Heavy and very controversial topics like climate change are very hard to depict correctly in fictional films, but some creators still try, and sometimes they get it right, but most of the time that’s not the case. The same topic is very depicted very well in many brilliant documentaries. So, today we are here to get you to take a look at these 7 films that were about climate change, but only some of the films on this list are just for their entertainment value, and some of these are documentaries that were absolute genius and the other films are also brilliant. So, here are the 7 best movies about climate change that you should watch right now if you haven’t already.
7. The Day After Tomorrow
Synopsis: When global warming triggers the onset of a new Ice Age, tornadoes flatten Los Angeles, a tidal wave engulfs New York City and the entire Northern Hemisphere begins to freeze solid. Now, climatologist Jack Hall (Dennis Quaid), his son Sam (Jake Gyllenhaal) and a small band of survivors must ride out the growing superstorm and stay alive in the face of an enemy more powerful and relentless than any they’ve ever encountered: Mother Nature!
6. Don’t Look Up
Synopsis: Kate Dibiasky (Jennifer Lawrence), an astronomy grad student, and her professor Dr. Randall Mindy (Leonardo DiCaprio) make an astounding discovery of a comet orbiting within the solar system. The problem — it’s on a direct collision course with Earth. The other problem? No one really seems to care. Turns out warning mankind about a planet-killer the size of Mount Everest is an inconvenient fact to navigate. With the help of Dr. Oglethorpe (Rob Morgan), Kate and Randall embark on a media tour that takes them from the office of an indifferent President Orlean (Meryl Streep) and her sycophantic son and Chief of Staff, Jason (Jonah Hill), to the airwaves of The Daily Rip, an upbeat morning show hosted by Brie (Cate Blanchett) and Jack (Tyler Perry). With only six months until the comet makes impact, managing the 24-hour news cycle and gaining the attention of the social media obsessed public before it’s too late proves shockingly comical — what will it take to get the world to just look up?!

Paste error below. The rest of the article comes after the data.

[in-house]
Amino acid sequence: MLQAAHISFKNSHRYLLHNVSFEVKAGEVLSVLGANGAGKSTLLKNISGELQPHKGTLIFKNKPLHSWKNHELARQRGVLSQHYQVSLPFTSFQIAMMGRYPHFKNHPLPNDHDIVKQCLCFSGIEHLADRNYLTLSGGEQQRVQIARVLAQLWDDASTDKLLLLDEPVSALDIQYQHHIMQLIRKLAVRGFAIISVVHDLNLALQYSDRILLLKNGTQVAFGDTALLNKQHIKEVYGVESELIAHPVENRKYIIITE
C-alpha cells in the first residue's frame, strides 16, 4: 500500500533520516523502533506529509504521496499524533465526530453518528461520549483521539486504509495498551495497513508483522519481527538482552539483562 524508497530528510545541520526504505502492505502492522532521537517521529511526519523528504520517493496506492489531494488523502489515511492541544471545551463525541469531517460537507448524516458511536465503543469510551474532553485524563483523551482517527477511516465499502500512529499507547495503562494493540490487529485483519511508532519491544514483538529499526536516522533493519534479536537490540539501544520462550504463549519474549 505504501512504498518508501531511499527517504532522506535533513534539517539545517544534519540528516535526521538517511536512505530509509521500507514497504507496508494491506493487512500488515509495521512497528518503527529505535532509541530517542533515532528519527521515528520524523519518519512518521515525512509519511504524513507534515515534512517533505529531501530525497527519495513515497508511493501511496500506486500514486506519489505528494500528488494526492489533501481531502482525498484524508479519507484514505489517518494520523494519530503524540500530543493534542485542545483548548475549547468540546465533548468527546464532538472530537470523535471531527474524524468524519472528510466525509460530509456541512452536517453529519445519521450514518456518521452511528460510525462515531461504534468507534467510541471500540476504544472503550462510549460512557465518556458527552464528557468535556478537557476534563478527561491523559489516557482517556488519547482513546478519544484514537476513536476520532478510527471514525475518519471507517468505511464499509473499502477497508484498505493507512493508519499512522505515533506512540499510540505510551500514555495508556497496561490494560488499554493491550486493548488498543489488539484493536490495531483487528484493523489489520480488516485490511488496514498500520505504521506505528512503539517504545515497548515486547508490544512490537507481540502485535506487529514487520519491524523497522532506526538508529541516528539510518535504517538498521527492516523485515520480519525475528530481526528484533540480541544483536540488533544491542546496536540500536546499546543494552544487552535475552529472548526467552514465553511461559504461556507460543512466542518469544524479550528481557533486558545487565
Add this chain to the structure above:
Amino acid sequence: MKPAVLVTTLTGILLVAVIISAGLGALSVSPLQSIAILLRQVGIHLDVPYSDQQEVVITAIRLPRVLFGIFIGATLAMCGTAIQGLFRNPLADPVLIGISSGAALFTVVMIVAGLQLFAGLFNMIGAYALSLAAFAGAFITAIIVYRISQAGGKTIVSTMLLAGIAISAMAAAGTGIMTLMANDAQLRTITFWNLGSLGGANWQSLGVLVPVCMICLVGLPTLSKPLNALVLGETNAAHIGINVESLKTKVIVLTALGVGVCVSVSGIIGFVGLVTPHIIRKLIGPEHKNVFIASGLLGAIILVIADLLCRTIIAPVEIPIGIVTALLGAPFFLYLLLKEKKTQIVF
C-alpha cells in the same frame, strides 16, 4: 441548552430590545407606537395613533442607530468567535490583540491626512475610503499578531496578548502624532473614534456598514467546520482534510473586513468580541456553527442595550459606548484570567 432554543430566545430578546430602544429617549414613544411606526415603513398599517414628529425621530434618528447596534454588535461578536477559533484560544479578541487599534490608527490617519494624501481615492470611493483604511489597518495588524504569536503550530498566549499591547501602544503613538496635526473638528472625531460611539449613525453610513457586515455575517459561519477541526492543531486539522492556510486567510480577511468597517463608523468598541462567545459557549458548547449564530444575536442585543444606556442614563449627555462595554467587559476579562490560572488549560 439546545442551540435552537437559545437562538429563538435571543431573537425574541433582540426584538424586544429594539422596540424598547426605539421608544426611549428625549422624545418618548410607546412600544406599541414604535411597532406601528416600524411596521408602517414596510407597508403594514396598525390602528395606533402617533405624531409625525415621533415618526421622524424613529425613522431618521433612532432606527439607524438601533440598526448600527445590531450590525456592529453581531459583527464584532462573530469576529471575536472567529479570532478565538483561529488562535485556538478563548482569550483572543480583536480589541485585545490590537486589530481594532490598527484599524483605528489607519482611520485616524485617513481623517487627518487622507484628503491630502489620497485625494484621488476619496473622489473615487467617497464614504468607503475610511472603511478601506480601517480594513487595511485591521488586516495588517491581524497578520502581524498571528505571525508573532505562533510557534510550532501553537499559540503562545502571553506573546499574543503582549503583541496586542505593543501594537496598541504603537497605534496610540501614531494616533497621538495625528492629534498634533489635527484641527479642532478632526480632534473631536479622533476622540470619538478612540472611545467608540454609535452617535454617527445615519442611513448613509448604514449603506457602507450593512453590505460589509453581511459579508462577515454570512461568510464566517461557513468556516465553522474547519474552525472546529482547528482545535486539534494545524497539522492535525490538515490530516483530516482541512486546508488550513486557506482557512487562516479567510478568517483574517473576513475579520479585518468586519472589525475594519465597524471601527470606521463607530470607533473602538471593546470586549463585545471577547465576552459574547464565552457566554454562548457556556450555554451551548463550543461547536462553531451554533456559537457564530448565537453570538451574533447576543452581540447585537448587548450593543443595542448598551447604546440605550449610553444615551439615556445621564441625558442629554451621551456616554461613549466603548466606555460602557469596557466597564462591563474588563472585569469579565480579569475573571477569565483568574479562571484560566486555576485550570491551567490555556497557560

Don’t Look Up is written and directed by Academy Award winner Adam McKay (The Big Short) and also stars Mark Rylance, Ron Perlman, Timothée Chalamet, Ariana Grande, Scott Mescudi (aka Kid Cudi), Himesh Patel, Melanie Lynskey, Michael Chiklis and Tomer Sisley.
5. Chasing Coral
Synopsis: Chasing Coral taps into the collective will and wisdom of an ad man, a self-proclaimed coral nerd, top-notch camera designers, and renowned marine biologists as they invent the first time-lapse camera to record bleaching events as they happen. Unfortunately, the effort is anything but simple, and the team doggedly battles technical malfunctions and the force of nature in pursuit of their golden fleece: documenting the indisputable and tragic transformation below the waves. With its breathtaking photography, nail-biting suspense, and startling emotion, Chasing Coral is a dramatic revelation that won’t have audiences sitting idle for long. Chasing Coral premiered at the 2017 Sundance Film Festival.
Synopsis: It’s been 18 years since we froze the earth. The few remaining humans live on the Snowpiercer, a train on an infinite loop around the globe. For those at the front, it’s a lavish paradise of drugs and sushi in the lap of luxury; for those trapped in the tail section, life is short and cruel. But change is in the air. Curtis (Chris Evans), desperate to escape the tail of the train, plans an uprising, aided by his mentor Gilliam (John Hurt). What begins as an isolated riot explodes into a mass revolution, an all-or-nothing push to the front of the train, and a war for humanity’s future. Who will live and who will die? How far can they go? Is there hope beyond the frozen wastes?
3. An Inconvenient Truth
Synopsis: Director Davis Guggenheim eloquently weaves the science of global warming with Al Gore’s personal history and lifelong commitment to reversing the effects of global climate change in the most talked-about documentary at Sundance. An audience and critical favorite, An Inconvenient Truth makes the compelling case that global warming is real, man-made, and its effects will be cataclysmic if we don’t act now. Gore presents a wide array of facts and information in a thoughtful and compelling way: often humorous, frequently emotional, always fascinating. In the end, An Inconvenient Truth accomplishes what all great films should: it leaves the viewer shaken, involved and inspired.
2. Beasts of the Southern Wild
Synopsis: In a forgotten but defiant bayou community cut off from the rest of the world by a sprawling levee, a six-year-old girl exists on the brink of orphanhood. Buoyed by her childish optimism and extraordinary imagination, she believes that the natural world is in balance with the universe until a fierce storm changes her reality. Desperate to repair the structure of her world in order to save her ailing father and sinking home, this tiny hero must learn to survive unstoppable catastrophes of epic proportions.
Synopsis: With our time on Earth coming to an end, a team of explorers undertakes the most important mission in human history: traveling beyond this galaxy to discover whether mankind has a future among the stars. From acclaimed filmmaker Christopher Nolan (“The Dark Knight” films, “Inception”), “Interstellar” stars Oscar winner Matthew McConaughey (“Dallas Buyers Club”), Oscar winner Anne Hathaway (“Les Miserables”), Oscar nominee Jessica Chastain (“Zero Dark Thirty”), Bill Irwin (“Rachel Getting Married”), Oscar winner Ellen Burstyn (“Alice Doesn’t Live Here Anymore”), and Oscar winner Michael Caine (“The Cider House Rules”). The main cast also includes Wes Bentley, Casey Affleck, David Gyasi, Mackenzie Foy and Topher Grace.